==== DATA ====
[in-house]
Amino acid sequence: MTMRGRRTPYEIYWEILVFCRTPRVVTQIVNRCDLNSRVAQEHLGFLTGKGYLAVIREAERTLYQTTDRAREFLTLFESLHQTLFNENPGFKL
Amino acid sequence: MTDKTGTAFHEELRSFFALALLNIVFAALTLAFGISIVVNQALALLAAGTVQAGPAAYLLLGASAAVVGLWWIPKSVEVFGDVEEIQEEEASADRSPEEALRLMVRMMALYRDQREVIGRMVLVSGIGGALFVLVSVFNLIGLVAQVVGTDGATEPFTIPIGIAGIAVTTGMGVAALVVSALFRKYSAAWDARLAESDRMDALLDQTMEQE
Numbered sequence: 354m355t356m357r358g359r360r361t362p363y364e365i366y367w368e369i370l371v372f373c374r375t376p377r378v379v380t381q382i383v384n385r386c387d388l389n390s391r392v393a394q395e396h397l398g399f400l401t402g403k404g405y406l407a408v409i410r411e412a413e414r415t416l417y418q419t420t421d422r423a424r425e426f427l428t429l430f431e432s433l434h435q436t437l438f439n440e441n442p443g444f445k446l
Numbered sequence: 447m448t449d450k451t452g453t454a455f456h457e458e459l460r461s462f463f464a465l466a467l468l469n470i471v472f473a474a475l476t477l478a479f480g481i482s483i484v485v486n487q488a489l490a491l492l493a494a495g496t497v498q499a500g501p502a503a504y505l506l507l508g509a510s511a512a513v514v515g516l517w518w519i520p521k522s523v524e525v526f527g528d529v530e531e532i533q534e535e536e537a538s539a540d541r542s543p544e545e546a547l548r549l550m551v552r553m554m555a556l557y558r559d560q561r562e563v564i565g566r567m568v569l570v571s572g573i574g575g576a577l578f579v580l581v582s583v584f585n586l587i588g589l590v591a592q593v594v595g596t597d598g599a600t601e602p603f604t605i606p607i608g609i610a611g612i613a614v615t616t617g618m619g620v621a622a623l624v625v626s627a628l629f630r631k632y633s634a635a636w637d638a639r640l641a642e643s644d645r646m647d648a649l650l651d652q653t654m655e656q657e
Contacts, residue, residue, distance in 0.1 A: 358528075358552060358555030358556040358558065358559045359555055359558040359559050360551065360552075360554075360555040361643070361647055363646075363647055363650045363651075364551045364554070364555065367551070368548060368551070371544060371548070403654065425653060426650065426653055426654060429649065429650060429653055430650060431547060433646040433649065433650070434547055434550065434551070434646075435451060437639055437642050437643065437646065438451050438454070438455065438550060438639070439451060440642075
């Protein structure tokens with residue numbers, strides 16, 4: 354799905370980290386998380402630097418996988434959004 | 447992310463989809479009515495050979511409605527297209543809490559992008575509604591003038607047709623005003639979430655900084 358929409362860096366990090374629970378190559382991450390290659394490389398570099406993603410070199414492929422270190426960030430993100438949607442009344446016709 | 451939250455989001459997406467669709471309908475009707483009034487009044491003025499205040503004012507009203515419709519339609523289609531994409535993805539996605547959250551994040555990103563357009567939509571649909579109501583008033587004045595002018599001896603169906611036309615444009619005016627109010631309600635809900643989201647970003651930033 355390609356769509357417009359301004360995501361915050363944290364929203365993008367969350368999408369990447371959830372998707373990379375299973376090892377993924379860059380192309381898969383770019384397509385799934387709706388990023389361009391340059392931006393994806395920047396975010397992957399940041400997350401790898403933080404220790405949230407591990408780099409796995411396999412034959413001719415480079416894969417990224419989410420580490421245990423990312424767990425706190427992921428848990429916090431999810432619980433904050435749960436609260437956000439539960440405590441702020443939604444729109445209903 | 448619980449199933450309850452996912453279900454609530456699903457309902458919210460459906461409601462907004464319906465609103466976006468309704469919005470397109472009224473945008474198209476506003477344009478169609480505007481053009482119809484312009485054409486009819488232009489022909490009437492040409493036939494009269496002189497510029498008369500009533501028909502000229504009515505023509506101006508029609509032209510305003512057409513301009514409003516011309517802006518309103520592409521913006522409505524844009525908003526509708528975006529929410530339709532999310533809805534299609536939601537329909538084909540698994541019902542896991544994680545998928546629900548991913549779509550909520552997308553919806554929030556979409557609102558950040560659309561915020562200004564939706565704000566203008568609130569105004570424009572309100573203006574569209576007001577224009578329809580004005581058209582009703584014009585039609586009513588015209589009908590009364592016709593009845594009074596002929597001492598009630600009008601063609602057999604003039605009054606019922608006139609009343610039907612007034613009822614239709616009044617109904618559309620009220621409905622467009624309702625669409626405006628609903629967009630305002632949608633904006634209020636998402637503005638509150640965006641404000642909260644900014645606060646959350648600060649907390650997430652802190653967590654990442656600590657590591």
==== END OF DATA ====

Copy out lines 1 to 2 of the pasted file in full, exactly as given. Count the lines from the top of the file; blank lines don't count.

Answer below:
[in-house]
Amino acid sequence: MTMRGRRTPYEIYWEILVFCRTPRVVTQIVNRCDLNSRVAQEHLGFLTGKGYLAVIREAERTLYQTTDRAREFLTLFESLHQTLFNENPGFKL